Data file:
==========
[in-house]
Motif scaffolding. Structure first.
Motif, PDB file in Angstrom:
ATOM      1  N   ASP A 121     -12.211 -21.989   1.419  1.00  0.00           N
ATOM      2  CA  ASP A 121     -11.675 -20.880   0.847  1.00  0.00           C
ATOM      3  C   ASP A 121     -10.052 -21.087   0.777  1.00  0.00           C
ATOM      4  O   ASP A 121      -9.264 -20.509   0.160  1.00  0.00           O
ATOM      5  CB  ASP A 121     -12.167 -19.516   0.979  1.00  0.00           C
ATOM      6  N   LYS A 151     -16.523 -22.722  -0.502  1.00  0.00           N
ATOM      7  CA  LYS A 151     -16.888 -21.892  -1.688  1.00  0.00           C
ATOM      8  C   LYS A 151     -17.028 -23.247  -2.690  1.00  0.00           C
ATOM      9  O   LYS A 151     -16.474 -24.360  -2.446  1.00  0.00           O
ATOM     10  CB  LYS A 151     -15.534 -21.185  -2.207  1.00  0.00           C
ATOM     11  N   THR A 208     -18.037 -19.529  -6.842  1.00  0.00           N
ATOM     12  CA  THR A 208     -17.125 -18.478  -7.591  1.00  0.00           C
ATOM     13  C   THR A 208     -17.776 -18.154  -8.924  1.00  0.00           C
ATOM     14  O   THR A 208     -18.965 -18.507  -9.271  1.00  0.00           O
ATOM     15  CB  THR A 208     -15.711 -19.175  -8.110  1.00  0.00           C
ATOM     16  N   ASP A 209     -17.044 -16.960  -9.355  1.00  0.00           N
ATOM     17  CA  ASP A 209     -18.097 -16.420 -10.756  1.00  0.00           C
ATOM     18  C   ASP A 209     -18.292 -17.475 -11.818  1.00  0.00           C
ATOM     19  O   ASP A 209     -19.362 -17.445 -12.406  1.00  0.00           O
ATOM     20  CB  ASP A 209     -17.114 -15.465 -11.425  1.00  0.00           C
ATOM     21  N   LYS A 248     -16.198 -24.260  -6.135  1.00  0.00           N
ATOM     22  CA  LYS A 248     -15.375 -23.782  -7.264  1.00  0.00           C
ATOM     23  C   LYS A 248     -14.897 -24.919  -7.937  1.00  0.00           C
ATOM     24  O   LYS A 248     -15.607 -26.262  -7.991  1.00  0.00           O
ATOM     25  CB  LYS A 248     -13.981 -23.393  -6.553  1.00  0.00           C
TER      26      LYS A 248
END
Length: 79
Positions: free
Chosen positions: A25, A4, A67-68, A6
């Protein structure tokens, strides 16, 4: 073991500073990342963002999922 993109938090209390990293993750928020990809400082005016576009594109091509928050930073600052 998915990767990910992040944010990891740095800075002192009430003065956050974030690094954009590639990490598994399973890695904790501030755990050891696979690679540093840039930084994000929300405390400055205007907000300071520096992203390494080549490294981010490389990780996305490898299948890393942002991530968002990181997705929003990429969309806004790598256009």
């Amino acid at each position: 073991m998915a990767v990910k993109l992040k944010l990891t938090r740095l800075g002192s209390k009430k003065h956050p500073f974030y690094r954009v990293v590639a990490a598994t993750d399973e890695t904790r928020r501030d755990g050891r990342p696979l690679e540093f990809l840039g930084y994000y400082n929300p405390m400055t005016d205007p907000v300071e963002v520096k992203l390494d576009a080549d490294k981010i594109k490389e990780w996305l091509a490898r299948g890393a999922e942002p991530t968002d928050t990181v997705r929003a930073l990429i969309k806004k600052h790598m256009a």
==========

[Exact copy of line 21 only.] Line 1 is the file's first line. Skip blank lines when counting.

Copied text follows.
ATOM     18  C   ASP A 209     -18.292 -17.475 -11.818  1.00  0.00           C